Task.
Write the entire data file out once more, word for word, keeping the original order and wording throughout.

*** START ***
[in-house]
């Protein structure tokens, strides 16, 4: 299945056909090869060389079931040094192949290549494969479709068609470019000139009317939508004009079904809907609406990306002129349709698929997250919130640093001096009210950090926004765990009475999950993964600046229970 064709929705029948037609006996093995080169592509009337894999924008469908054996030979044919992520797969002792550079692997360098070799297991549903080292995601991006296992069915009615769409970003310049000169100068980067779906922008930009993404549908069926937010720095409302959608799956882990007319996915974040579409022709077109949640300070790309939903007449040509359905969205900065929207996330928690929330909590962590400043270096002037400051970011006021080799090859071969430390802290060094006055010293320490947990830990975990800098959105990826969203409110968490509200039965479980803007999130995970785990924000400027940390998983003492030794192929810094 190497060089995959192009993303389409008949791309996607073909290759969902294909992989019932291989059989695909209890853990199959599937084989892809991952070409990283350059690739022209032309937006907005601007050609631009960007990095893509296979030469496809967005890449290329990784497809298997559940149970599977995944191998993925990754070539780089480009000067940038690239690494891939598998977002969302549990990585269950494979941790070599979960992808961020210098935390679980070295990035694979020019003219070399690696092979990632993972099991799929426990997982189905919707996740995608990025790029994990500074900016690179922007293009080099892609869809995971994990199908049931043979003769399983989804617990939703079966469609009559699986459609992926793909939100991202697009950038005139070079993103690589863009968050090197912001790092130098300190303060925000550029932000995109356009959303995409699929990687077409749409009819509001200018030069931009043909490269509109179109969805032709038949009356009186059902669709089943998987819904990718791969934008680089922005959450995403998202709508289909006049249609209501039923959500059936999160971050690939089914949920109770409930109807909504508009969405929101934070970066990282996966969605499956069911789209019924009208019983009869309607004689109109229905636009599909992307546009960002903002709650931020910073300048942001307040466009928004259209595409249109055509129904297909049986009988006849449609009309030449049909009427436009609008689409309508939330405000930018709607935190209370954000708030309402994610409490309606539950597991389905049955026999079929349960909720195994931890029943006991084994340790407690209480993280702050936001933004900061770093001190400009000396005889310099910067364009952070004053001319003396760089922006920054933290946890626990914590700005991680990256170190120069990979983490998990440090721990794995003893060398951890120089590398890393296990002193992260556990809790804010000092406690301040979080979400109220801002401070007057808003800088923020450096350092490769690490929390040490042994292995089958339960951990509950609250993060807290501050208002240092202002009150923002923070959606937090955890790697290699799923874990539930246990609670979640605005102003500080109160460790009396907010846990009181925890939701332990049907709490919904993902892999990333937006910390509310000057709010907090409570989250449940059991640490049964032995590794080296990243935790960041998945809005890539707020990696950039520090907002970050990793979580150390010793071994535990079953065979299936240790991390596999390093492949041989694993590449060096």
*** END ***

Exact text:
[in-house]
């Protein structure tokens, strides 16, 4: 299945056909090869060389079931040094192949290549494969479709068609470019000139009317939508004009079904809907609406990306002129349709698929997250919130640093001096009210950090926004765990009475999950993964600046229970 064709929705029948037609006996093995080169592509009337894999924008469908054996030979044919992520797969002792550079692997360098070799297991549903080292995601991006296992069915009615769409970003310049000169100068980067779906922008930009993404549908069926937010720095409302959608799956882990007319996915974040579409022709077109949640300070790309939903007449040509359905969205900065929207996330928690929330909590962590400043270096002037400051970011006021080799090859071969430390802290060094006055010293320490947990830990975990800098959105990826969203409110968490509200039965479980803007999130995970785990924000400027940390998983003492030794192929810094 190497060089995959192009993303389409008949791309996607073909290759969902294909992989019932291989059989695909209890853990199959599937084989892809991952070409990283350059690739022209032309937006907005601007050609631009960007990095893509296979030469496809967005890449290329990784497809298997559940149970599977995944191998993925990754070539780089480009000067940038690239690494891939598998977002969302549990990585269950494979941790070599979960992808961020210098935390679980070295990035694979020019003219070399690696092979990632993972099991799929426990997982189905919707996740995608990025790029994990500074900016690179922007293009080099892609869809995971994990199908049931043979003769399983989804617990939703079966469609009559699986459609992926793909939100991202697009950038005139070079993103690589863009968050090197912001790092130098300190303060925000550029932000995109356009959303995409699929990687077409749409009819509001200018030069931009043909490269509109179109969805032709038949009356009186059902669709089943998987819904990718791969934008680089922005959450995403998202709508289909006049249609209501039923959500059936999160971050690939089914949920109770409930109807909504508009969405929101934070970066990282996966969605499956069911789209019924009208019983009869309607004689109109229905636009599909992307546009960002903002709650931020910073300048942001307040466009928004259209595409249109055509129904297909049986009988006849449609009309030449049909009427436009609008689409309508939330405000930018709607935190209370954000708030309402994610409490309606539950597991389905049955026999079929349960909720195994931890029943006991084994340790407690209480993280702050936001933004900061770093001190400009000396005889310099910067364009952070004053001319003396760089922006920054933290946890626990914590700005991680990256170190120069990979983490998990440090721990794995003893060398951890120089590398890393296990002193992260556990809790804010000092406690301040979080979400109220801002401070007057808003800088923020450096350092490769690490929390040490042994292995089958339960951990509950609250993060807290501050208002240092202002009150923002923070959606937090955890790697290699799923874990539930246990609670979640605005102003500080109160460790009396907010846990009181925890939701332990049907709490919904993902892999990333937006910390509310000057709010907090409570989250449940059991640490049964032995590794080296990243935790960041998945809005890539707020990696950039520090907002970050990793979580150390010793071994535990079953065979299936240790991390596999390093492949041989694993590449060096």